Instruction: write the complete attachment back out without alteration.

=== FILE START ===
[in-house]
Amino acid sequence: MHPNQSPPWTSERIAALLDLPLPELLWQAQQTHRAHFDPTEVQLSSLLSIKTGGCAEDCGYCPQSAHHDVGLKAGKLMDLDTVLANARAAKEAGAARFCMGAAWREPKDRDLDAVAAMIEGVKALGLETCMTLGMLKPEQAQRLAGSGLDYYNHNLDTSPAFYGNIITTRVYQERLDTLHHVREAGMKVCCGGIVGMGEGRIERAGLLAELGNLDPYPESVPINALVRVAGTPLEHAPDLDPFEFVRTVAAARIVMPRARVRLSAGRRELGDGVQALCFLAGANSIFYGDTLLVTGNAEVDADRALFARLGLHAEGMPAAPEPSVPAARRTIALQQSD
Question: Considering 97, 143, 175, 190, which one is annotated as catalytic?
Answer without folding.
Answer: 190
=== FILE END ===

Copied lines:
[in-house]
Amino acid sequence: MHPNQSPPWTSERIAALLDLPLPELLWQAQQTHRAHFDPTEVQLSSLLSIKTGGCAEDCGYCPQSAHHDVGLKAGKLMDLDTVLANARAAKEAGAARFCMGAAWREPKDRDLDAVAAMIEGVKALGLETCMTLGMLKPEQAQRLAGSGLDYYNHNLDTSPAFYGNIITTRVYQERLDTLHHVREAGMKVCCGGIVGMGEGRIERAGLLAELGNLDPYPESVPINALVRVAGTPLEHAPDLDPFEFVRTVAAARIVMPRARVRLSAGRRELGDGVQALCFLAGANSIFYGDTLLVTGNAEVDADRALFARLGLHAEGMPAAPEPSVPAARRTIALQQSD
Question: Considering 97, 143, 175, 190, which one is annotated as catalytic?
Answer without folding.
Answer: 190